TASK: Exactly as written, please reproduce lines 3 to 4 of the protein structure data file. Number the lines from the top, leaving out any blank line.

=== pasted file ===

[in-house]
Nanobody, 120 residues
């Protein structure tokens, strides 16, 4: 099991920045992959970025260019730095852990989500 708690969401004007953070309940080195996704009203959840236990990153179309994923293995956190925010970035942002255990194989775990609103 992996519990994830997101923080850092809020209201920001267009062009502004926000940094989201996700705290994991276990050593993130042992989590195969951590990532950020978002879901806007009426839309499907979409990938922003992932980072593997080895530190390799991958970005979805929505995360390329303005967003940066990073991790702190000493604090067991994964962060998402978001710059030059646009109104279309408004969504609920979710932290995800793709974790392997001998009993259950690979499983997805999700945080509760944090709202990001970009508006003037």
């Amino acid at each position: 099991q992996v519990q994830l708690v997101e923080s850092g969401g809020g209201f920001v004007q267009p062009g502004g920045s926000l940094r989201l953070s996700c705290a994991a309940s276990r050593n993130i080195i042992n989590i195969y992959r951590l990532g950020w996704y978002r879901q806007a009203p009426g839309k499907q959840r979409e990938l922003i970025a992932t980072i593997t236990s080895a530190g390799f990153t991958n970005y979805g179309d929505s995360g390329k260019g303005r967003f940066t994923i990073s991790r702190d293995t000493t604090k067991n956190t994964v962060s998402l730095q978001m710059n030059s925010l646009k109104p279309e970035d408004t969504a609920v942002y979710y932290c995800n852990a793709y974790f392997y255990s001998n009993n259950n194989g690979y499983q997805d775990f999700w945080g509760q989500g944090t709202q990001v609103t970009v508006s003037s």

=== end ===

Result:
């Protein structure tokens, strides 16, 4: 099991920045992959970025260019730095852990989500 708690969401004007953070309940080195996704009203959840236990990153179309994923293995956190925010970035942002255990194989775990609103 992996519990994830997101923080850092809020209201920001267009062009502004926000940094989201996700705290994991276990050593993130042992989590195969951590990532950020978002879901806007009426839309499907979409990938922003992932980072593997080895530190390799991958970005979805929505995360390329303005967003940066990073991790702190000493604090067991994964962060998402978001710059030059646009109104279309408004969504609920979710932290995800793709974790392997001998009993259950690979499983997805999700945080509760944090709202990001970009508006003037």
């Amino acid at each position: 099991q992996v519990q994830l708690v997101e923080s850092g969401g809020g209201f920001v004007q267009p062009g502004g920045s926000l940094r989201l953070s996700c705290a994991a309940s276990r050593n993130i080195i042992n989590i195969y992959r951590l990532g950020w996704y978002r879901q806007a009203p009426g839309k499907q959840r979409e990938l922003i970025a992932t980072i593997t236990s080895a530190g390799f990153t991958n970005y979805g179309d929505s995360g390329k260019g303005r967003f940066t994923i990073s991790r702190d293995t000493t604090k067991n956190t994964v962060s998402l730095q978001m710059n030059s925010l646009k109104p279309e970035d408004t969504a609920v942002y979710y932290c995800n852990a793709y974790f392997y255990s001998n009993n259950n194989g690979y499983q997805d775990f999700w945080g509760q989500g944090t709202q990001v609103t970009v508006s003037s």